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  • Scott, This is so true. This is probably the corollory of ‘you can know a man by the company he keeps’ – that we tend to gravitate towards like-minded people with whom we can mentally connect, inspire, be inspired, and all that boils down to having great conversations. In a way it doesn’t help much that we are all so consumed by the plastic box these days. But then I guess this is really what has also fuelled the social media wave – with twitter, facebook etc. being the virtual equialent of the meet-up spots you mention.

    There is so much joy in such meetings and conversations – something to cherish for sure.

  • Scott, This is so true. This is probably the corollory of ‘you can know a man by the company he keeps’ – that we tend to gravitate towards like-minded people with whom we can mentally connect, inspire, be inspired, and all that boils down to having great conversations. In a way it doesn’t help much that we are all so consumed by the plastic box these days. But then I guess this is really what has also fuelled the social media wave – with twitter, facebook etc. being the virtual equialent of the meet-up spots you mention.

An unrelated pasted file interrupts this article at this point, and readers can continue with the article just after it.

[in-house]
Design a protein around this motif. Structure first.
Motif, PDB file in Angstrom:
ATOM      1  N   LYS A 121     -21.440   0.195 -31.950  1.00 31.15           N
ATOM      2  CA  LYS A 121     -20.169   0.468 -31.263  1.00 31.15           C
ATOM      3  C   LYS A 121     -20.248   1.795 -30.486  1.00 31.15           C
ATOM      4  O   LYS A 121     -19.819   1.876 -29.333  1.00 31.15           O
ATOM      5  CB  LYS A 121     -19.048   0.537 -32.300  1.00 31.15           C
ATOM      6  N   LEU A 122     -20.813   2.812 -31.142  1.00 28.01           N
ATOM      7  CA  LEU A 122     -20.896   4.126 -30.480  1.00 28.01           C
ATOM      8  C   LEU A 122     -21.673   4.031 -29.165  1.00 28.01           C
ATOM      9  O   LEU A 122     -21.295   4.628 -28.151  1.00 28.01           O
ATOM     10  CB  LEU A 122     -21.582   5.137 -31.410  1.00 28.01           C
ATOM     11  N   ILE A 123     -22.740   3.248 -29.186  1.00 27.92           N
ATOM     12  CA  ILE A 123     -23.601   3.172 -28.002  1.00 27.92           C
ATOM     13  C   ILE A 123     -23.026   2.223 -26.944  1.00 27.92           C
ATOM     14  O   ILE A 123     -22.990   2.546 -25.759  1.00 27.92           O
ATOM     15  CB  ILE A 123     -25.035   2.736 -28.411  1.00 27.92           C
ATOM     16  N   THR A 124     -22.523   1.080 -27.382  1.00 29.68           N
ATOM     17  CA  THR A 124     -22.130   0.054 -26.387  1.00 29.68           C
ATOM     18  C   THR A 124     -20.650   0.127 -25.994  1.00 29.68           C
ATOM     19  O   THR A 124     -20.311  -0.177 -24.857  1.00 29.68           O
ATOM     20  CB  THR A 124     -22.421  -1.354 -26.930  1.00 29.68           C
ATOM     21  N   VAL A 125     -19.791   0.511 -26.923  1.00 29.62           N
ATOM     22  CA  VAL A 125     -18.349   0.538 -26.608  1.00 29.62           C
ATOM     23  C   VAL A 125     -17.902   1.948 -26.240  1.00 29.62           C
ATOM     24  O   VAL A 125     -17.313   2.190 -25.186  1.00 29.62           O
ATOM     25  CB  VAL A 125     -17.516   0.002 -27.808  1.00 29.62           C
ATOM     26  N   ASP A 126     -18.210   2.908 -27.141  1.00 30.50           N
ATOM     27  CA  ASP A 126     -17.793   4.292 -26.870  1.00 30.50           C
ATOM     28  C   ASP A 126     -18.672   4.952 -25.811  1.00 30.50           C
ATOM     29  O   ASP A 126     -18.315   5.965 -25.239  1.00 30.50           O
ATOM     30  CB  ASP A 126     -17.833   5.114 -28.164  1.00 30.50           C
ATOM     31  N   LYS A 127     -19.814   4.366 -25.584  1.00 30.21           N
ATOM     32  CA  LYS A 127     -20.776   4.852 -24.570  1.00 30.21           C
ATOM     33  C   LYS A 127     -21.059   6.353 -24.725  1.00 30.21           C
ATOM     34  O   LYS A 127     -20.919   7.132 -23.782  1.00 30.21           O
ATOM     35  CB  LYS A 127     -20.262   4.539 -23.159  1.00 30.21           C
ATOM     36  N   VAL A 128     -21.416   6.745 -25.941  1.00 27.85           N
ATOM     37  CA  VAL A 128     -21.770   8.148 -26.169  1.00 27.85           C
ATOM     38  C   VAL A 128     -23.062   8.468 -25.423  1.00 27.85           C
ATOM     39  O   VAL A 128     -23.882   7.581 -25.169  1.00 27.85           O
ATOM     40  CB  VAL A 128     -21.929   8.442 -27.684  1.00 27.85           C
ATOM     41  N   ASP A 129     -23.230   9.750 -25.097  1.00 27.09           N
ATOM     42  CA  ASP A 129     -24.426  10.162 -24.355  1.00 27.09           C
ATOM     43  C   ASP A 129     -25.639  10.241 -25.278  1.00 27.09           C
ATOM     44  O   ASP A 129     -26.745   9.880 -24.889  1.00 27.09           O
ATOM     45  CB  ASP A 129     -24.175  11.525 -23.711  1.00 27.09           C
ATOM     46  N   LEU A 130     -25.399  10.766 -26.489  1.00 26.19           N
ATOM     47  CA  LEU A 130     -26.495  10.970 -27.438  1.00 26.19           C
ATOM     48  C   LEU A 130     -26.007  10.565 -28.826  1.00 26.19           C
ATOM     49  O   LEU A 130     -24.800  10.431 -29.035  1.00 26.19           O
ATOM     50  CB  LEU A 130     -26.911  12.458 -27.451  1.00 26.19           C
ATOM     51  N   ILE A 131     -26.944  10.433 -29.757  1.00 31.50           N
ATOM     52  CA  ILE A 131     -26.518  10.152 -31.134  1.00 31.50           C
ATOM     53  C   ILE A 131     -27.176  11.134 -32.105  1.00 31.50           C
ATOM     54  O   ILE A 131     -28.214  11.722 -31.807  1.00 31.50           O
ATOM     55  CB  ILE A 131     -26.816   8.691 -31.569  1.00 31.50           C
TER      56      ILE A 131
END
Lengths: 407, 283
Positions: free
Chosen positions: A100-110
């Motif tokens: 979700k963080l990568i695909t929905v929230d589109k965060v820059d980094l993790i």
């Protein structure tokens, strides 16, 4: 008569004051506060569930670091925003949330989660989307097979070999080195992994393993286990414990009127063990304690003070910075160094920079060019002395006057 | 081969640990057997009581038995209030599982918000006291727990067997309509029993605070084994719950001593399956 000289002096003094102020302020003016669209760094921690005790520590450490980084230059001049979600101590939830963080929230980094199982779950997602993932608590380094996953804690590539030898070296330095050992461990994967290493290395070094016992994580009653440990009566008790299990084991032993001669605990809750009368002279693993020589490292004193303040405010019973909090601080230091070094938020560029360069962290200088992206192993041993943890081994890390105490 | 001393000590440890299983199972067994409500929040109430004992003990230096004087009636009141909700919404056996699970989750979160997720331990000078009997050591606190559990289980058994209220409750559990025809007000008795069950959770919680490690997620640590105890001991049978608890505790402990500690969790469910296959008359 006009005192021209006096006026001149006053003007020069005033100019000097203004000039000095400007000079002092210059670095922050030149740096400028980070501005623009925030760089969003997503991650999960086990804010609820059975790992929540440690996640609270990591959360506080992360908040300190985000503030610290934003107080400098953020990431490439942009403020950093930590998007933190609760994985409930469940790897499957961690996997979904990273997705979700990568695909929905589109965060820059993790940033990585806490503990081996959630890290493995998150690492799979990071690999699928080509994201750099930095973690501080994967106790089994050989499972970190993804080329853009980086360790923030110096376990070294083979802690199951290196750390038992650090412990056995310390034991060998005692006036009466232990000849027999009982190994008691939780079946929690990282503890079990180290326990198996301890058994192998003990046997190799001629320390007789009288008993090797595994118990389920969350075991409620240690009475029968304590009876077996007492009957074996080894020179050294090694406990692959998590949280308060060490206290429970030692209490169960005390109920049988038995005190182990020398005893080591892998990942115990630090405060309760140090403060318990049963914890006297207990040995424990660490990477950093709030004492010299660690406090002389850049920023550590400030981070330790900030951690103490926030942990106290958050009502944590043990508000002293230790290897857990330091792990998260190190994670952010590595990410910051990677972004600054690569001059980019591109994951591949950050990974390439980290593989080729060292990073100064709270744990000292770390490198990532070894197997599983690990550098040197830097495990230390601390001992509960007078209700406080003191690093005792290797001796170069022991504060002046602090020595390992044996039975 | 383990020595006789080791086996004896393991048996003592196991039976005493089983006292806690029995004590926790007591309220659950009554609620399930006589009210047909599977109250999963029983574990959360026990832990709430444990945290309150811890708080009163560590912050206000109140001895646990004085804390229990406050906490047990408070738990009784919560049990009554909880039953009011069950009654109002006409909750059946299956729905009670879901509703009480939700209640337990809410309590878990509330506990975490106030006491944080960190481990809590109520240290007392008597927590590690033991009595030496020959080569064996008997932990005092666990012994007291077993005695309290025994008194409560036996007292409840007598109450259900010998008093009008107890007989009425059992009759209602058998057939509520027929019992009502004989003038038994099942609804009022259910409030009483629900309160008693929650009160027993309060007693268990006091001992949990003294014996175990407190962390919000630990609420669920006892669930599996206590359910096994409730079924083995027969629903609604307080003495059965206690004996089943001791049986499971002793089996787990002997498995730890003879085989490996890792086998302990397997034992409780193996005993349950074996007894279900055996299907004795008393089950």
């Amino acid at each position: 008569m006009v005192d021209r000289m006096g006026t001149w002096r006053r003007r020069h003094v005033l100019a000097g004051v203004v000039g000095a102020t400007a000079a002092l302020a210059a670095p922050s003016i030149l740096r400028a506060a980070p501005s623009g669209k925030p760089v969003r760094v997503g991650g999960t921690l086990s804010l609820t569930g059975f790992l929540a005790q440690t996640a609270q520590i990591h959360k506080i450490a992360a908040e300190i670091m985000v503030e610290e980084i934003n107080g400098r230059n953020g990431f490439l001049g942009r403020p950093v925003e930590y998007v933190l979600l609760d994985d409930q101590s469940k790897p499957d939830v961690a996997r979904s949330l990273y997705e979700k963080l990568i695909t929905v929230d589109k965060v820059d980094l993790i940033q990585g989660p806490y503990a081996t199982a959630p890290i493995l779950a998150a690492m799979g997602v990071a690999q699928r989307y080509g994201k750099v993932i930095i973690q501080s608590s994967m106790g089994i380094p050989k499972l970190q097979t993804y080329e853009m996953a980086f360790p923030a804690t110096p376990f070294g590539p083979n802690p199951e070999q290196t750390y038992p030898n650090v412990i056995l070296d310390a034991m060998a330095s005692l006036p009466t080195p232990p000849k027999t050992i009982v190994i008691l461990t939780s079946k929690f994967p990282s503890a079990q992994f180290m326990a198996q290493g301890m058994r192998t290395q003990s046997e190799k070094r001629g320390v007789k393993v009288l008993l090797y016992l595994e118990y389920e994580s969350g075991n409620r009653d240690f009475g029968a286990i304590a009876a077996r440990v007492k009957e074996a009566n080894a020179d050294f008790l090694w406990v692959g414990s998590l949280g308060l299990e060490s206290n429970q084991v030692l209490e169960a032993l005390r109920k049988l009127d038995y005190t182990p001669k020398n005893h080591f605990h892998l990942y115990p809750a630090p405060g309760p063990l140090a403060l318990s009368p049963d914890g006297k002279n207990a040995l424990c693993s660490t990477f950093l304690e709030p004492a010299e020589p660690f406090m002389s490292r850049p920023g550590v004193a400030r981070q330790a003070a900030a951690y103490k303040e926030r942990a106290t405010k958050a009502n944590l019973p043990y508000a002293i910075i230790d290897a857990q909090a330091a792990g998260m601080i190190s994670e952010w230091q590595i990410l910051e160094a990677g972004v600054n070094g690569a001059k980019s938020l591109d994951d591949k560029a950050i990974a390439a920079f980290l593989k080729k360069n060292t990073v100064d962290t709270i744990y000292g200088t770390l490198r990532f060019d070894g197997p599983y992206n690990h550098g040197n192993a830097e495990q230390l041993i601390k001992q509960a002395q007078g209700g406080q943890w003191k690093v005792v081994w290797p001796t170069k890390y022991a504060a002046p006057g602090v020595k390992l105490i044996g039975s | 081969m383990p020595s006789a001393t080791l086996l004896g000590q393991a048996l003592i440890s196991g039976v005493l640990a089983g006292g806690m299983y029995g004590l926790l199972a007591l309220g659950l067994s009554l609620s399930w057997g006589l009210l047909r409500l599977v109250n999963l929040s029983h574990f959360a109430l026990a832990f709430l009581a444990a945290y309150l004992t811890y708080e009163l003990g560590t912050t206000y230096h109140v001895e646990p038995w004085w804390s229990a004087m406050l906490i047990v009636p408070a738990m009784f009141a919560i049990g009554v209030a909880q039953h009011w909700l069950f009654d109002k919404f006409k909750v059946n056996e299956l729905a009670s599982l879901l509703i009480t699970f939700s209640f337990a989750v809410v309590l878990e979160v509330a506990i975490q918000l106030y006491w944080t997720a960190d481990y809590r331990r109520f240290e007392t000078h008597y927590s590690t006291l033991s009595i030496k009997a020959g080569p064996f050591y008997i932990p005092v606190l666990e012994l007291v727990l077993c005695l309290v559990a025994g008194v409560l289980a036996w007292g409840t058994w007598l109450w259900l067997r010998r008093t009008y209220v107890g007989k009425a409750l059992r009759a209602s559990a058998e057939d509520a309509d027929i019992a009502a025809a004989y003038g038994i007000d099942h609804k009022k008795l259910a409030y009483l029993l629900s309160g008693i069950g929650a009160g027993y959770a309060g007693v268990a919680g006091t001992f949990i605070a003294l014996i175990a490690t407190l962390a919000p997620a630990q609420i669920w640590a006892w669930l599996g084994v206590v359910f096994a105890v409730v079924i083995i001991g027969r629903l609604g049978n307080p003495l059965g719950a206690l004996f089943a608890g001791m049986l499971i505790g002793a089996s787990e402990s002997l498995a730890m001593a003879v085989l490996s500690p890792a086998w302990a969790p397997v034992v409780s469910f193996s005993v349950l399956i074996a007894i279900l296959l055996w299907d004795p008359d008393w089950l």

There is so much joy in such meetings and conversations – something to cherish for sure.

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  • Jaisundar – I’m just constantly reminded how important the actual human communication is- all the plastic boxes in the world can’t replace that. But perhaps all the communication over email, etc. has increased our appreciation for the personal touch, the direct face-to-face conversation. There’s a related phenomenon for the handwritten letter, note, or card…

  • Jaisundar – I’m just constantly reminded how important the actual human communication is- all the plastic boxes in the world can’t replace that. But perhaps all the communication over email, etc. has increased our appreciation for the personal touch, the direct face-to-face conversation. There’s a related phenomenon for the handwritten letter, note, or card…